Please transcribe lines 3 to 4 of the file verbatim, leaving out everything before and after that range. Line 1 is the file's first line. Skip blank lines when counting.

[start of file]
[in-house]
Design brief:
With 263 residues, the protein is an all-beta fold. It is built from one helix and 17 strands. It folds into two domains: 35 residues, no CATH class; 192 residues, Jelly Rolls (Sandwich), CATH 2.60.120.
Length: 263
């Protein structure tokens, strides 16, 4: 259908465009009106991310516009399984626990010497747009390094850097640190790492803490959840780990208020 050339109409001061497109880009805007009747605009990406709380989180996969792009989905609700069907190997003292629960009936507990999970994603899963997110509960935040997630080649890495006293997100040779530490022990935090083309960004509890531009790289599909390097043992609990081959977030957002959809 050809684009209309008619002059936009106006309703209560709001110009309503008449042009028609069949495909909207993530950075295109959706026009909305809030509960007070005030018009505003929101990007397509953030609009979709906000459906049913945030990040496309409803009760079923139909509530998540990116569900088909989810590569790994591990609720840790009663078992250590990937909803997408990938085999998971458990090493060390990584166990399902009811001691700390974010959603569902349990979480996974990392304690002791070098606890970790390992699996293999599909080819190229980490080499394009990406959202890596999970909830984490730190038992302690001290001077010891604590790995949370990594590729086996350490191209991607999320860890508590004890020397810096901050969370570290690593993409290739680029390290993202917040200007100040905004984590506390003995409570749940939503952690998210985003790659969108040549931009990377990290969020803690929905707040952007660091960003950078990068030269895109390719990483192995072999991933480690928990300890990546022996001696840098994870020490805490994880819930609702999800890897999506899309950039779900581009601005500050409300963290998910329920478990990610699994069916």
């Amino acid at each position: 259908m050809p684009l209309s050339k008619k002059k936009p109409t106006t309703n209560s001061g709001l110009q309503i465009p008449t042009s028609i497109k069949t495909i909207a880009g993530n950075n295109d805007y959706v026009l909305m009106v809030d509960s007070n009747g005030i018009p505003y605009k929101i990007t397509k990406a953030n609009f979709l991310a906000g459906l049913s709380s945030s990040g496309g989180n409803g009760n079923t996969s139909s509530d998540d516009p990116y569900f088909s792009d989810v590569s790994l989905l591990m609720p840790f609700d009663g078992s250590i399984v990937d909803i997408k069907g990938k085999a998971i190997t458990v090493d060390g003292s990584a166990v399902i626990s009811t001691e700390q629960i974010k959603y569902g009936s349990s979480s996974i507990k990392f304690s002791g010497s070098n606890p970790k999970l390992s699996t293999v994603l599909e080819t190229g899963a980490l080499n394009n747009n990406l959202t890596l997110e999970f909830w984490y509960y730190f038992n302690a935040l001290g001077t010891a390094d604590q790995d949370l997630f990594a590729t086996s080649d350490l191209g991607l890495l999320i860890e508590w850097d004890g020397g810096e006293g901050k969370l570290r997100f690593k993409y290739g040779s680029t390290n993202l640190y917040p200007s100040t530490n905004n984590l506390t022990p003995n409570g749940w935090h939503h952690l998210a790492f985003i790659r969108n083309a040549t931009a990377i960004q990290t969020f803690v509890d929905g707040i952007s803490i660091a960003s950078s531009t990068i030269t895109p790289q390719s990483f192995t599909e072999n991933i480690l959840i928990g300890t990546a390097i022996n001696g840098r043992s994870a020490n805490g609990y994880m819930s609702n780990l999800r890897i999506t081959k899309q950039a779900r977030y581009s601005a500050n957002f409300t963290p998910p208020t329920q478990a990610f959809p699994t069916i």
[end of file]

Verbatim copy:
With 263 residues, the protein is an all-beta fold. It is built from one helix and 17 strands. It folds into two domains: 35 residues, no CATH class; 192 residues, Jelly Rolls (Sandwich), CATH 2.60.120.
Length: 263